Whether your usual style leans more towards ladylike, menswear-inspired or punk, there’s a fall trend that will complement and update your existing wardrobe. So layer up and have fun with fashion!

[Article first appeared in the Sept. 11 issue of Richmond Review.]

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Hats off to headwear

19 Feb

Hats and headwear made a big statement on the runways for the upcoming spring season. Whether it was the dramatic black hats seen at Alexander McQueen, whimsical animal ears spotted on the models at Anna Sui or biker caps at DSquared2, there were hats for every personality and style. Not only does the perfect hat take your outfit up a notch, it’s also great for covering up bad hair days and keeping your head warm during the colder months.

Alexander McQueen spring 2013

Alexander McQueen spring 2013

One hat trend that’s easy to wear and fantastic for the winter is a slouchy beanie, otherwise known as a tuque. Close-fitting around the head and loose on top, slouchy beanies come in a variety of colours, patterns and knits. Wool fedoras are also a popular, albeit more formal, option for this time of year. Try finishing off your outfit with a fedora at night if you want a dressy, polished look. For even more glamour, you can accessorize with a wide-brim felt hat, as seen at the Saint Laurent show — designer Hedi Slimane topped off his rocker chic models with 70s-inspired floppy hats in neutral tones.

Saint Laurent spring 2013

Saint Laurent spring 2013

An alternate approach to picking hats other than trying the trends is to go with one that will suit your face shape. Much like a hairstyle or a pair of glasses, hats can also help in flattering and framing the face. For oval faces, you’re in luck! Just like haircuts, oval faces are suited to most types of hats. Try a beanie without too much excess fabric at the top so you don’t elongate the face. To complement longer faces, stick to big circular hats such as thick beanies and Russian fur hats. Oblong faces also work well with curved brims like ones found on newsboy caps, cloches and floppy hats. You want to add width, not height, to your face. Another trick is to pull the hat forward to cover more of the forehead.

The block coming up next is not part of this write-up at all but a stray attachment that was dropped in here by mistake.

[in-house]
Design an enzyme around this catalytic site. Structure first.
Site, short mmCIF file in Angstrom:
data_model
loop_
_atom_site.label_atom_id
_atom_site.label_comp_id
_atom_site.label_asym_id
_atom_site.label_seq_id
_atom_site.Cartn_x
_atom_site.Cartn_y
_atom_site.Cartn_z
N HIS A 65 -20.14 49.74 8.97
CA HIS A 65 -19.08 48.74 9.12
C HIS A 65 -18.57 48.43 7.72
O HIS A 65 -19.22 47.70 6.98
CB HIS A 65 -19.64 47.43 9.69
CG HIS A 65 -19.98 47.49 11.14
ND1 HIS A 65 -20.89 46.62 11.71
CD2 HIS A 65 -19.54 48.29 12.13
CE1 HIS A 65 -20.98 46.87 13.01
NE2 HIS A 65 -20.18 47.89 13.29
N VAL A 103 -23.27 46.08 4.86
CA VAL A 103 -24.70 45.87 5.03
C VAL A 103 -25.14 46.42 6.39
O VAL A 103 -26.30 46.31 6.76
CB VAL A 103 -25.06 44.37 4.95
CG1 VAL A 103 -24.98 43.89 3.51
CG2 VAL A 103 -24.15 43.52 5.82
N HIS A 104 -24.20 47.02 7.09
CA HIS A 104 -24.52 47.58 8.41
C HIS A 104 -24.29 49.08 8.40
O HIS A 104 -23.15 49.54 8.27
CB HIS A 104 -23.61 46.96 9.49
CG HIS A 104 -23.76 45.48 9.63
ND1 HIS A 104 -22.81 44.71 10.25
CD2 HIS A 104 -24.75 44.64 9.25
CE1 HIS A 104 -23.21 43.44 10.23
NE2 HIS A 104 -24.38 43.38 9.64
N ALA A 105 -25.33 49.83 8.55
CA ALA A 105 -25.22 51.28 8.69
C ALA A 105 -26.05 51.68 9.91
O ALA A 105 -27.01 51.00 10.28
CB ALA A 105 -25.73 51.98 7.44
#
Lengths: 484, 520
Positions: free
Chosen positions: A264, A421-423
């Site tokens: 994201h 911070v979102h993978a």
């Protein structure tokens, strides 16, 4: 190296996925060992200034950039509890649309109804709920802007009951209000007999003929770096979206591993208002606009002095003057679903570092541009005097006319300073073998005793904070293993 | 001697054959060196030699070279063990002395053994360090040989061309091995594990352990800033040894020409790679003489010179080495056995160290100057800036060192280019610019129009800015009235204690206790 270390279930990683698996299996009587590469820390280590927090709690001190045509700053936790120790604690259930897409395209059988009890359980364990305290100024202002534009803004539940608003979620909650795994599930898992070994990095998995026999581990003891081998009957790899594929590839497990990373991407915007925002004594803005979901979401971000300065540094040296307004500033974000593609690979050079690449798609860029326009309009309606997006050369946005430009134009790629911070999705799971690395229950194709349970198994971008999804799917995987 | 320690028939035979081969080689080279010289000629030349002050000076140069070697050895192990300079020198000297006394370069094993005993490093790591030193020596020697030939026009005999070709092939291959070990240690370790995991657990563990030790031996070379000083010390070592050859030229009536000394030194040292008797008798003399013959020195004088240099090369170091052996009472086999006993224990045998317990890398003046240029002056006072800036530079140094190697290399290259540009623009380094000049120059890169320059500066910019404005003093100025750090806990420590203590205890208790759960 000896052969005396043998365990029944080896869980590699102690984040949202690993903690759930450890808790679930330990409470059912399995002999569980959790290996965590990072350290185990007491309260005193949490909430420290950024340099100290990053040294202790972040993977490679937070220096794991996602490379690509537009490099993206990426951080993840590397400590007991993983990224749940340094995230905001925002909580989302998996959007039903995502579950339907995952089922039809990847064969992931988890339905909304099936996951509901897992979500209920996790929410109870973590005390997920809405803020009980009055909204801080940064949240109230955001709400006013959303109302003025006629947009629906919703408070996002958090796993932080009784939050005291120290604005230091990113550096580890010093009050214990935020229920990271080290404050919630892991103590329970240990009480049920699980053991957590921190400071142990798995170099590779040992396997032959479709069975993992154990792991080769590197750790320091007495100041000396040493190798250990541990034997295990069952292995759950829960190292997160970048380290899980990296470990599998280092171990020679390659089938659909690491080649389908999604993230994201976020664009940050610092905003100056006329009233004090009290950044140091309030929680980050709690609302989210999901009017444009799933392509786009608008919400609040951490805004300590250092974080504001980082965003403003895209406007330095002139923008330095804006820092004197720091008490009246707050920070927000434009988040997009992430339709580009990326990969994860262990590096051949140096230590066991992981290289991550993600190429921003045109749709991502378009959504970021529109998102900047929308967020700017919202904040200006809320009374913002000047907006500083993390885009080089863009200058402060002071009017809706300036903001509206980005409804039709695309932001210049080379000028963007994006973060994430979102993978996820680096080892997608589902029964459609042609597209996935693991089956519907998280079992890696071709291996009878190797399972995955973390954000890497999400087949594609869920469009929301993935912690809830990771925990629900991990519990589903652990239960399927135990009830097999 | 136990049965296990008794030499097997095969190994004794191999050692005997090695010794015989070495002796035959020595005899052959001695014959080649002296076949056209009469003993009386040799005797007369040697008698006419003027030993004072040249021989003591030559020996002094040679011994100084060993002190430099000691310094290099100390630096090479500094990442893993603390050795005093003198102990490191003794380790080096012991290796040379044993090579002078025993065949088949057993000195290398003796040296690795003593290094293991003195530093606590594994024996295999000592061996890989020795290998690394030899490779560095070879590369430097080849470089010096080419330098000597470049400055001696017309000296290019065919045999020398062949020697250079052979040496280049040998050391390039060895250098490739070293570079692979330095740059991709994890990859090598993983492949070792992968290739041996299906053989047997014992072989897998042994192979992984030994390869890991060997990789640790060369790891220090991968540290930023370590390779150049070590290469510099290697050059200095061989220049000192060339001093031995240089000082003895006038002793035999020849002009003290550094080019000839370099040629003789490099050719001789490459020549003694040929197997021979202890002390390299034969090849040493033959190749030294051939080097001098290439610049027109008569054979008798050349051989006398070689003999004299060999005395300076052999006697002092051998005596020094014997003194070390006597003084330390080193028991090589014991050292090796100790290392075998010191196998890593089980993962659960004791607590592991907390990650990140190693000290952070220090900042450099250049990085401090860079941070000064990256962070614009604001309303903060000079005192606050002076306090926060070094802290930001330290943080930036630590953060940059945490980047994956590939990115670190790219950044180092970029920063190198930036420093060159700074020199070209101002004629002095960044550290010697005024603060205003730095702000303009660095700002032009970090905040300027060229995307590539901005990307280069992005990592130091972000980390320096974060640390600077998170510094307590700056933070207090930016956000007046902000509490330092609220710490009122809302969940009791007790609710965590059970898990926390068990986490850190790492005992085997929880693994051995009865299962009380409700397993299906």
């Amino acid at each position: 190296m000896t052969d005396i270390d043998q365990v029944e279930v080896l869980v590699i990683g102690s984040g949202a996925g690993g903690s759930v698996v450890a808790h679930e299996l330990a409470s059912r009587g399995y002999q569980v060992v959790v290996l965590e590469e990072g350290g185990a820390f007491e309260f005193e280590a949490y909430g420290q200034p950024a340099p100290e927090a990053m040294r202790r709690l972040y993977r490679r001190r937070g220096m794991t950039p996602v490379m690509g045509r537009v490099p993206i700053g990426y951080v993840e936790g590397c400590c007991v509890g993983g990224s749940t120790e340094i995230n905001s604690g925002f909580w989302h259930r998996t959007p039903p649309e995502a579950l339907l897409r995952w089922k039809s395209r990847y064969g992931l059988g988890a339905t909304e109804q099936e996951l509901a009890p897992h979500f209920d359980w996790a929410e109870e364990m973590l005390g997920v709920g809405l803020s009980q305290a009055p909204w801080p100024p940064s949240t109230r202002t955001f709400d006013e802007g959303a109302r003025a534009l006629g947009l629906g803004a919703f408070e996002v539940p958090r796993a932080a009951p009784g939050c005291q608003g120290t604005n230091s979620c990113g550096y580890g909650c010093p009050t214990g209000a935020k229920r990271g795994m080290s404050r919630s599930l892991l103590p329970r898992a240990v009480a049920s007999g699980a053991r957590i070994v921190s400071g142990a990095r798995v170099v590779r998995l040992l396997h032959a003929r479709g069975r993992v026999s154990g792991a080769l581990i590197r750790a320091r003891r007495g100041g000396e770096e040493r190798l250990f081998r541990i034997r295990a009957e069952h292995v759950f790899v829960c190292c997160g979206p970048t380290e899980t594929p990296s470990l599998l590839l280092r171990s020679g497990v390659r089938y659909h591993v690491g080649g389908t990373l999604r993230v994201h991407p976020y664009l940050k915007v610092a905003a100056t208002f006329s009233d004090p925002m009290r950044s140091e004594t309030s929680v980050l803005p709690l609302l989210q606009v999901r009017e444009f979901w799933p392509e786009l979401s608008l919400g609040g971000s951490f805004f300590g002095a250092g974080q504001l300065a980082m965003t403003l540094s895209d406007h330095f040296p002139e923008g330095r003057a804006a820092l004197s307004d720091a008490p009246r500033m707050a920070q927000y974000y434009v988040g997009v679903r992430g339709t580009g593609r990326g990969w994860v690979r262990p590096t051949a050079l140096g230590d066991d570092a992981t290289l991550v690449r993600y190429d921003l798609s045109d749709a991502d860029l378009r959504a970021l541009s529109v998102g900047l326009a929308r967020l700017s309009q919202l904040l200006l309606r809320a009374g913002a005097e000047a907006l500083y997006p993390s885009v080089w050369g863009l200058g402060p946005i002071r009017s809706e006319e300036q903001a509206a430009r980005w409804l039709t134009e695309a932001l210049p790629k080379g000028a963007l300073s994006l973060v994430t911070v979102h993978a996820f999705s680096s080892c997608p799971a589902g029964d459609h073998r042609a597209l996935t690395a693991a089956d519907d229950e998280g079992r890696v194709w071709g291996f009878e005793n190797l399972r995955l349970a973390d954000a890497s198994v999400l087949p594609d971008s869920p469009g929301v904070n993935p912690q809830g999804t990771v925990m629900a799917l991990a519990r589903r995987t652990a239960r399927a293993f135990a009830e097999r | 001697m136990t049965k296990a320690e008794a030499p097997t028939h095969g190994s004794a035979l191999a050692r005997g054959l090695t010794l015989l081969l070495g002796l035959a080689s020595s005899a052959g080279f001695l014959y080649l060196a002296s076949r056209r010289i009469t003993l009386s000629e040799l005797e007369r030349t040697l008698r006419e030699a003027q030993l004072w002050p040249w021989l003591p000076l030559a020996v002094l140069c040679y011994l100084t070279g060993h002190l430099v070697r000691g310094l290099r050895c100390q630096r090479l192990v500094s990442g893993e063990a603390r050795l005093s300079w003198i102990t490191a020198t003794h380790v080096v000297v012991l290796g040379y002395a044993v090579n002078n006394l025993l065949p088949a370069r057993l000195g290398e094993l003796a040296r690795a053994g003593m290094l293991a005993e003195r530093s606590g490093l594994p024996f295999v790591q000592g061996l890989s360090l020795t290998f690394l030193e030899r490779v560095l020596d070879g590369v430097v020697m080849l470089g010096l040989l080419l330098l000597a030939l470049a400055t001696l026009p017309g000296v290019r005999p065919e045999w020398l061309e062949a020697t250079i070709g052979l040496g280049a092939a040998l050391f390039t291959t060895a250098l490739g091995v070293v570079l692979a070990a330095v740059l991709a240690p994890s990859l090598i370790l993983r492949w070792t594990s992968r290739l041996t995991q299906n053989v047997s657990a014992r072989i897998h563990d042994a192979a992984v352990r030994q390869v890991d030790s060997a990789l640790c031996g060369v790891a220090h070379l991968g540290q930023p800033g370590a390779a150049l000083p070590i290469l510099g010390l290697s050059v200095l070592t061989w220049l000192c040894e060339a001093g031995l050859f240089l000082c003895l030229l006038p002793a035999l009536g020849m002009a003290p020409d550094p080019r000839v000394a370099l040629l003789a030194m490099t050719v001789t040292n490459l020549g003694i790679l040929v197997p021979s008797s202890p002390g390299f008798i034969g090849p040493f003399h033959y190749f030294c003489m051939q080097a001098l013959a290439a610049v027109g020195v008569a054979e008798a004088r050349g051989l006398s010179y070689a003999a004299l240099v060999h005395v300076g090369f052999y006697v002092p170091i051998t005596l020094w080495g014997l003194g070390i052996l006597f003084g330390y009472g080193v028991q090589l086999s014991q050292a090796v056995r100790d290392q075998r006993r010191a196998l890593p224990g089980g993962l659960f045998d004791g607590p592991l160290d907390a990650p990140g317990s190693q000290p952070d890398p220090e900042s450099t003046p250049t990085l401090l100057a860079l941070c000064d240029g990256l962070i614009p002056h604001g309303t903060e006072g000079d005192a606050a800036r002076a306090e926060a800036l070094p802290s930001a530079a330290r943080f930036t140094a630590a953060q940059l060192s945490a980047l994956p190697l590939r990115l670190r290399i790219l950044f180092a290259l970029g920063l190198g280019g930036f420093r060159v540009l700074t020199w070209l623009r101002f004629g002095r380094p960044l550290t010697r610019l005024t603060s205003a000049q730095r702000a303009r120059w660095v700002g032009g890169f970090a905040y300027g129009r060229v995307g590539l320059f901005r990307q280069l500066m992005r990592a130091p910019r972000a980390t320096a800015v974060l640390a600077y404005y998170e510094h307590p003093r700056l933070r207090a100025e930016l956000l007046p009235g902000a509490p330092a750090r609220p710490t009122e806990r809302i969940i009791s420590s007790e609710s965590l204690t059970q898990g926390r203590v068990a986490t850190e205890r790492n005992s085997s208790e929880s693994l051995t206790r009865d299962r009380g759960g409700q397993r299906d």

Look cool while keeping your head warm with this slouchy beanie from ASOS.

Look cool while keeping your head warm with this slouchy beanie from ASOS.

For round faces, look for rigid, structured hats with angled brims and aren’t too circular at the crown. You want to add angles instead of roundness. Fedoras, newsboy and conductor caps are great for rounder faces. If your face is more heart-shaped, try slouchy beanies or berets to balance out and soften angles of the jawline and cheeks. Heart-shaped faces are also best suited to hats with medium-sized brims such as cloches, as shorter ones tend to enlarge the forehead and longer brims will make small chins appear pointier. And for faces with square jawlines, opt for feminine hats with large brims and curved crowns, like trilbies, floppy hats and bowlers.

Get ready for spring with a straw trilby from Topshop.

Get ready for spring with a straw trilby from Topshop.

To prevent hat hair, choose hats made from natural fabrics like cotton, wool and cashmere. They’re less likely to cause unruliness from sweating of the head. Also take into consideration how snug the hat fits: tight beanies are more likely to cause hat hair while slouchy, loose berets are less likely to. Control flyaways and static with hairspray after wearing your hat. Spray some into your hand and run it over your hair for flyaways, and into the roots for a boost of volume. Those with short hair can also put in some volumizer before donning a cap. For longer haired ladies, you can pull your hair into a loose bun under a hat. Once it comes off, you’ll have waves since the hat insulates heat.

Baseball caps at DKNY spring 2013.

Baseball caps at DKNY spring 2013.

Hats are an easy addition to change up an outfit. Just think of the different styles conveyed when a hat is worn with a simple jeans and tee look: glam with a fedora, androgynous with a newsboy cap, or even urban chic with a baseball cap as seen at DKNY. Play around with how the hat sits on your head, tilting it for different angles to find the right balance for your face. You can also individualize your hats with brooches, ribbons and studs. Like any accessory, hats can be an extension of your mood and style — have fun with them!

[Article first appeared in the Feb. 13 issue of Richmond Review.]